Daily Archives: October 21, 2018

Angola Says 380,000 Illegal Migrants Exit in weeks

About 380,000 illegal migrants, mostly from the neighboring Democratic Republic of Congo, have left Angola in less than a month during a massive operation targeting diamond smuggling, a minister said Saturday.
On a visit to Dundo in northern Angola on the border with DR Congo, Pedro Sebastiao dismissed allegations that the migrants had been violently expelled and often beaten by police.
Sebastiao, a state minister and the head of presidential security who is in charge of the operation, told traveling reporters that diamonds worth more than $1 million had been seized.
He said that the migrants had all left voluntarily, and 231 premises for illegal diamond trading had been closed and 59 weapons seized.
“Angola is a democratic and lawful state,” he said. “It must be made clear that ‘Operation Transparency’ is not based on any xenophobic sentiment against citizens of neighboring countries or any other nationality.”
Speaking at the Chitato border post, he said the crackdown across northern and western Angola was “legitimate” and was to ensure that the country’s diamond reserves were correctly exploited.
There was “illegal immigration and the plundering of our natural resources without any contribution to the treasury,” he said, adding the operation was scheduled to continue for two years.
After pouring across the border in recent weeks, many Congolese have described being brutally thrown out of Angola after sometimes living there for more than 10 years.
‘Left with almost nothing’
Migrants who had crossed back to the frontier town of Kamako told AFP this week that their houses had been burnt by police and gangs of Angolan youths, and some had been attacked with machetes and beaten as they fled.
With 1,000 arrivals crossing some border posts every hour, many have been left in DRC Congo without shelter and adequate food and water as authorities struggle to cope.
“During displacement, DRC nationals have experienced violence and human rights abuses, and many have arrived with almost nothing,” ACAPS, an humanitarian crisis group, said in a briefing note.
“Although the Angolan government claims all returns are voluntary, there have been reports of forced returns,” it added.
This week DR Congo threatened to take international action against Angola over the allegedly violent expulsions.
Clashes have been reported between Congolese, Angolan security forces and local Angolans in several provinces especially in Lunda Norte, which borders on DRC.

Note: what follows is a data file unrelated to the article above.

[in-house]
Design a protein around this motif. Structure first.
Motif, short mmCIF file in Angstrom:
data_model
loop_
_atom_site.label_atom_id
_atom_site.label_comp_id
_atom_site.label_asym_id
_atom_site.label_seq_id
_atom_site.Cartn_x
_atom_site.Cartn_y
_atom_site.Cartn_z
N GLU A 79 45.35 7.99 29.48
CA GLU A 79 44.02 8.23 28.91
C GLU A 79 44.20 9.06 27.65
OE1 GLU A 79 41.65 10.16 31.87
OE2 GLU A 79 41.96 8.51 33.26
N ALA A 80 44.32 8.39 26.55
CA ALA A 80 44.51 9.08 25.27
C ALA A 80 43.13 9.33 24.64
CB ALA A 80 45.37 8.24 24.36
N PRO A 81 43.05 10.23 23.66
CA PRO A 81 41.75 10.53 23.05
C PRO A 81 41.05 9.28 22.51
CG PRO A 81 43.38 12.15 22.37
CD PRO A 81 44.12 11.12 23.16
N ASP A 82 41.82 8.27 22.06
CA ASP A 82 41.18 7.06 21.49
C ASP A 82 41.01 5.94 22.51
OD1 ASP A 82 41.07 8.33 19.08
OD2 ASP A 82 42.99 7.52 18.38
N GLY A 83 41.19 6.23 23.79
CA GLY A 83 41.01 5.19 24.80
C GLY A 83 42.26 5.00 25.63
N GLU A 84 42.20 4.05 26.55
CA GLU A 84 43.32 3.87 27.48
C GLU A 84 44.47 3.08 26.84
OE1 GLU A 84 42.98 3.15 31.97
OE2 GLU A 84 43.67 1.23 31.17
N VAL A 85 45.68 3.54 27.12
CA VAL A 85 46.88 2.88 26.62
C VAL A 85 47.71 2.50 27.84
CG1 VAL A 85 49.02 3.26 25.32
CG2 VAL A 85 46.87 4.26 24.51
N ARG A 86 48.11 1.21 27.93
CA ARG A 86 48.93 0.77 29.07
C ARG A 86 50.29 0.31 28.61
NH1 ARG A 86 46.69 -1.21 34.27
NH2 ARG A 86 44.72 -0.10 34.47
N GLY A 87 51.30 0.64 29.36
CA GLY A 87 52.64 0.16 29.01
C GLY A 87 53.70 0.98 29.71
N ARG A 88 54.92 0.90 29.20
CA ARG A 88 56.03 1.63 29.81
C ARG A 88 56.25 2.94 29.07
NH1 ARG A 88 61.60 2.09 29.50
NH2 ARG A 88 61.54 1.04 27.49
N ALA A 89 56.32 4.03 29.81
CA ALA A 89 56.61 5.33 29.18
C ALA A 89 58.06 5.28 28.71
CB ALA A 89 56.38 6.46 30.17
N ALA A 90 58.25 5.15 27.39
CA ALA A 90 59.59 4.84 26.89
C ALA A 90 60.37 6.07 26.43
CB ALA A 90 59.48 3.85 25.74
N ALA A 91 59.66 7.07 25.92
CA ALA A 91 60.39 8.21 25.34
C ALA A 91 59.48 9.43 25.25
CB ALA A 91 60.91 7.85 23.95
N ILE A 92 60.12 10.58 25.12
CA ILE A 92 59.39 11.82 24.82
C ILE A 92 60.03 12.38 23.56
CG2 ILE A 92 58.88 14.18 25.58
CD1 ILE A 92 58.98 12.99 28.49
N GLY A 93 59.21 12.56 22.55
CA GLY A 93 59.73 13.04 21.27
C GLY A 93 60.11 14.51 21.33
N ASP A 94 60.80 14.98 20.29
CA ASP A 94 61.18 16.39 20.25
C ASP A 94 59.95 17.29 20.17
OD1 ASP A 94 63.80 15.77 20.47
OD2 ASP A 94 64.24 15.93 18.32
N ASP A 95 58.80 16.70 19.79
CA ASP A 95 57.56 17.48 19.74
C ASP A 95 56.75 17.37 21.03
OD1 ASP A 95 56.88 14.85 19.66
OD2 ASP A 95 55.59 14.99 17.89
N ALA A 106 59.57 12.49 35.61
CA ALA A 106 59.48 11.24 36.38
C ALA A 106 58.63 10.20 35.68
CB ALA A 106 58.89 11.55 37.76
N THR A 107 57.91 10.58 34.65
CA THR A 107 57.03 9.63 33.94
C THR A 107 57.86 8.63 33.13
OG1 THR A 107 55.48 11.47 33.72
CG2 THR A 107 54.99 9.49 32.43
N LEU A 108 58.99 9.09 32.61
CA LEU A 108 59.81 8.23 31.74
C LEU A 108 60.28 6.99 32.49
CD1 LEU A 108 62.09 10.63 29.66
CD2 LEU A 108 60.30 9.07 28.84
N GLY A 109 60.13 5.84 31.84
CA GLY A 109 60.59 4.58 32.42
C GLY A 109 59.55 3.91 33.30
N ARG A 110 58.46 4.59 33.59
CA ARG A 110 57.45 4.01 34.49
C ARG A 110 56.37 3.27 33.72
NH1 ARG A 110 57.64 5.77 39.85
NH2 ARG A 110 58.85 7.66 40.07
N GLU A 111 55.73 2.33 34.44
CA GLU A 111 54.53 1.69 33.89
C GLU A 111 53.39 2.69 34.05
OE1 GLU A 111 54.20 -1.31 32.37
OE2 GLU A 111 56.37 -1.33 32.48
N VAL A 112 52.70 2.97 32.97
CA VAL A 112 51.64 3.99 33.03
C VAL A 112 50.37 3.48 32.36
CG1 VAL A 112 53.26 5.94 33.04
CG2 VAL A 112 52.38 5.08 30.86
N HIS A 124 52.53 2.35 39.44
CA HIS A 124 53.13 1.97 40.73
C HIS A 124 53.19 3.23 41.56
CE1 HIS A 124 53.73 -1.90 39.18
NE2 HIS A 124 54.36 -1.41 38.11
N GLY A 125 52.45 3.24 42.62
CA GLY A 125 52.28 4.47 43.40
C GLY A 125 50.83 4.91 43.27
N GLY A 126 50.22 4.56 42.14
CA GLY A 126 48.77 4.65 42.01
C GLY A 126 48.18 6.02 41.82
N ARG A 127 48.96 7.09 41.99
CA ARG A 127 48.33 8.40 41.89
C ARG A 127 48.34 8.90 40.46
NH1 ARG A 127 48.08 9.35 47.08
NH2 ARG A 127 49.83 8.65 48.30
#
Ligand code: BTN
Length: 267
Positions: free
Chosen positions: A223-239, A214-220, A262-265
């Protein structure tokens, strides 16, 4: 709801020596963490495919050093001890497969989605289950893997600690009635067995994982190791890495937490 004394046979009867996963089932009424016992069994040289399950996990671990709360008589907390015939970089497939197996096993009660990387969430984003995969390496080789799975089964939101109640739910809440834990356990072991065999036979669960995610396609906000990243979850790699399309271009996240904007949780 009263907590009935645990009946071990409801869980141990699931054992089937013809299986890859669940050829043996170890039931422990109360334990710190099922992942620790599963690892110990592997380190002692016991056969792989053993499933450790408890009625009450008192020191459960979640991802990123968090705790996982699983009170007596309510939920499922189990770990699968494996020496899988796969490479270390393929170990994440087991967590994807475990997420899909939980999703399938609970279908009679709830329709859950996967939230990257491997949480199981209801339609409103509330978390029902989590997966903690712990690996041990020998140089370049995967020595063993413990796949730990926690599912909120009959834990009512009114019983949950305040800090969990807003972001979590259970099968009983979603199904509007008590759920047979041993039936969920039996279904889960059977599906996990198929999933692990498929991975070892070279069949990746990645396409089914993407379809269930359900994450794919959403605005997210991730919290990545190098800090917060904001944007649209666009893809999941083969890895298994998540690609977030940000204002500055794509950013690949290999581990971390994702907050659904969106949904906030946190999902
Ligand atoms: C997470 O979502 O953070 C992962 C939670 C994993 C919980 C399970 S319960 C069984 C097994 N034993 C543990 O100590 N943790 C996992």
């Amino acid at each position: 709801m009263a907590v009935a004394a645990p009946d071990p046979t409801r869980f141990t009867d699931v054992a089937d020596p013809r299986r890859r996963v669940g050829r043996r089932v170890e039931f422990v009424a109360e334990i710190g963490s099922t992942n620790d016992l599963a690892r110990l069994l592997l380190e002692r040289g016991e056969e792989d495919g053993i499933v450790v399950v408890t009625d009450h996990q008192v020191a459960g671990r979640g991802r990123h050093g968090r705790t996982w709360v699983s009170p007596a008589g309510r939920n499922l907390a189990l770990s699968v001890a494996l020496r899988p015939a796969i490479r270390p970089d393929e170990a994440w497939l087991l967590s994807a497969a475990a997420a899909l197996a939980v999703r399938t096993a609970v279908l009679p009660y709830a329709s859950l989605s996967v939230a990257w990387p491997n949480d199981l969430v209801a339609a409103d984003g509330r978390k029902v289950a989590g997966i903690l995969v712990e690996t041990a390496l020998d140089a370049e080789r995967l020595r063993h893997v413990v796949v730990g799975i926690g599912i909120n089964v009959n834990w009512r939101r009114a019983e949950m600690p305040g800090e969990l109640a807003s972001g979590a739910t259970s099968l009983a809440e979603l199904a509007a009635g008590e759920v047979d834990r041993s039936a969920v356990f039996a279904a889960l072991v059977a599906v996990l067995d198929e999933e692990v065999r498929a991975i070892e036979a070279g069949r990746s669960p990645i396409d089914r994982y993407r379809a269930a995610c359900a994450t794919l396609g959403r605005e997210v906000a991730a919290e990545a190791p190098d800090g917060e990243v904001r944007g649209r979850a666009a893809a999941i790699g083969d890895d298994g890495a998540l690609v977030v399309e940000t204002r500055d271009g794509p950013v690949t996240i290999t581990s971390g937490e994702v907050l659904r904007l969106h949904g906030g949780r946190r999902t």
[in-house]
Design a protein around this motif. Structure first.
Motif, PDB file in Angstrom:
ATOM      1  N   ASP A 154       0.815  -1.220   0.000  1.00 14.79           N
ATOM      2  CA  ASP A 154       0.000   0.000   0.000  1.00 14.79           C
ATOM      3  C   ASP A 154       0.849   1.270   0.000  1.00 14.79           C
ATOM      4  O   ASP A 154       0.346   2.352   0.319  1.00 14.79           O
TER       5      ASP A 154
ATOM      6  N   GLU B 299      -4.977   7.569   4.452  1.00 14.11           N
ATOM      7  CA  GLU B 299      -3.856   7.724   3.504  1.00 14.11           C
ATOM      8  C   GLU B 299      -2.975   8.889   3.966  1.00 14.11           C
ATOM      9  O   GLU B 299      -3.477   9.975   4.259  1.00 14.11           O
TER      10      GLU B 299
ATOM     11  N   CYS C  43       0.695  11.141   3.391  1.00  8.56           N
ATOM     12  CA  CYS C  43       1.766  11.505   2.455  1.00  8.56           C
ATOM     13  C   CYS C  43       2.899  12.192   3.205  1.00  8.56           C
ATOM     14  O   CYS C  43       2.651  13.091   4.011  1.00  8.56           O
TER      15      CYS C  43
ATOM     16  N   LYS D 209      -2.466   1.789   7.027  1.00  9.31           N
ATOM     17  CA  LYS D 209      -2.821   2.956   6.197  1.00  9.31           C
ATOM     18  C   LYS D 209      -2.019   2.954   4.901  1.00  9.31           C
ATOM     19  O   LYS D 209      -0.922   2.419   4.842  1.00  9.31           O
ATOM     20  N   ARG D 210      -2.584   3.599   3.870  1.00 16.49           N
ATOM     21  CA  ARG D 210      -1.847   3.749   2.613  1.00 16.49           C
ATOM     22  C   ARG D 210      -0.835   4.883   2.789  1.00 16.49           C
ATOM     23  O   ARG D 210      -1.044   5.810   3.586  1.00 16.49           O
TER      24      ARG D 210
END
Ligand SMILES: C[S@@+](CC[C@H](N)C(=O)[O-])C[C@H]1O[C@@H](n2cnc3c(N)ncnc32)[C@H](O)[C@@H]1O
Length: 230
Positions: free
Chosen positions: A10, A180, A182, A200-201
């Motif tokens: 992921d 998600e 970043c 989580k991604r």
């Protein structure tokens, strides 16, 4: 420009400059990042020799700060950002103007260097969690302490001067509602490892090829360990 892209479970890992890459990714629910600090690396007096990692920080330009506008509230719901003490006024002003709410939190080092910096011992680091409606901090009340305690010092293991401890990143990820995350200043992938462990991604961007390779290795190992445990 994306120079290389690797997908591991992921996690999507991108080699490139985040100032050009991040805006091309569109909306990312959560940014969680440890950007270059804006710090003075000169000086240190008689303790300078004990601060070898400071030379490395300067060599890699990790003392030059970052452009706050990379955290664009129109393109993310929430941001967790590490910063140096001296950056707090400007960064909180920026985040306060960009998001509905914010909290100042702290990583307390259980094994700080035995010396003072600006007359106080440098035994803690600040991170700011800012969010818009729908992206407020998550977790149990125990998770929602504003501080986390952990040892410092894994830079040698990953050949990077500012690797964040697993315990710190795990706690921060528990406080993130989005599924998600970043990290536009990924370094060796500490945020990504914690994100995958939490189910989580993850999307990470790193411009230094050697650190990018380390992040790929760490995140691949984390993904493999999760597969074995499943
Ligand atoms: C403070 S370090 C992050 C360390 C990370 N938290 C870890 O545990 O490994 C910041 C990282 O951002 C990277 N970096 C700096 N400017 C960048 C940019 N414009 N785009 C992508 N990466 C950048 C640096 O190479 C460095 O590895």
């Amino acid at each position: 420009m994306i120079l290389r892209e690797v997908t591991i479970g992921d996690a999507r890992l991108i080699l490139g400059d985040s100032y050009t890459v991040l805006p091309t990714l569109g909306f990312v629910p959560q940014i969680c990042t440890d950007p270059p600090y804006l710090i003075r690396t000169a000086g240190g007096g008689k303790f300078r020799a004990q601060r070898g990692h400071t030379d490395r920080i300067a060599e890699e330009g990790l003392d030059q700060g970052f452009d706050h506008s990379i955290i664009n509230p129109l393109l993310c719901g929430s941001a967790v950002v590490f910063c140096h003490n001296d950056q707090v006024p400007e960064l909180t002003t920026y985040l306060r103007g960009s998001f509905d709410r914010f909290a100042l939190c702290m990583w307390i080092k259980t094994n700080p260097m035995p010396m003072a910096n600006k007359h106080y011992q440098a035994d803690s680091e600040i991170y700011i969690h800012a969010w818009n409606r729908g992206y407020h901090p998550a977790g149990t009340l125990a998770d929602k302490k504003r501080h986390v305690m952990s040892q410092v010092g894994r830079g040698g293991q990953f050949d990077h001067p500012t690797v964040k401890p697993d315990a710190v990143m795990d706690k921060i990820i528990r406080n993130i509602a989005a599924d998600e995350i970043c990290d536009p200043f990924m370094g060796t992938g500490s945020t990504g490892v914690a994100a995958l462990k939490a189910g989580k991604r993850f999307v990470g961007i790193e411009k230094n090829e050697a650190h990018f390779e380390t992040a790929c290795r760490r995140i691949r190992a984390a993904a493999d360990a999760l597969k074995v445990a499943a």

Local media and an NGO reported that several migrants have been killed.
Oil-rich Angola attracts hordes of Congolese as it is relatively stable and offers better employment prospects.
DR Congo has an abundance of mineral wealth but is rocked by unrest unleashed by rebel groups and militias from within and neighboring nations such as Uganda and Rwanda.
Angola and DR Congo share a 2,500-kilometer (1,550-mile) land border, the longest in Africa.

Source: Voice of America

Ethiopian Marathoner who Made Rio Protest Returns from Exile

The Ethiopian marathon runner who made global headlines with an anti-government gesture at the Rio Olympics finish line returned from exile on Sunday after sports officials assured him he will not face prosecution.
Feyisa Lilesa’s return from the United States came several months after a reformist prime minister took office and announced sweeping political reforms. He received a warm welcome at the airport from the foreign minister and other senior officials.

Feyisa said the new government is “a result of the struggle by the people” and he hopes it will address concerns after years of repression in Africa’s second most populous nation.

The silver medalist crossed his wrists at the finish line in 2016 in solidarity with protesters in his home region, Oromia, who like many across Ethiopia were demanding wider freedoms.

Feyisa later said he feared he would be imprisoned or killed if he returned home. But he became a symbol of resistance for many youth until the pressure on the government led to a change of power, with 42-year-old Prime Minister Abiy Ahmed taking office in April. Abiy is the country’s first leader from the Oromia-based Oromo ethnic group.
Ethiopia’s government did not immediately comment Sunday on the runner’s return.

Asked by The Associated Press if he has any political ambitions, Feyisa said: “I don’t have any ambition in politics! Actually I didn’t get close to politics, politics gets close to me.”

Feyisa broke down in tears while speaking about youth who lost their lives during the years of protests. “I will continue to remember those who lost their lives for the cause. Many people lost their lives for it.”

Turning his attention to running, he said his next race will be the Dubai Marathon in January.

“My training while I was in exile was not good, so it has affected my performance,” Feyisa said. He missed two races in recent weeks as he prepared to return to Ethiopia. “I will resume my regular training after a week.”

Source: Voice of America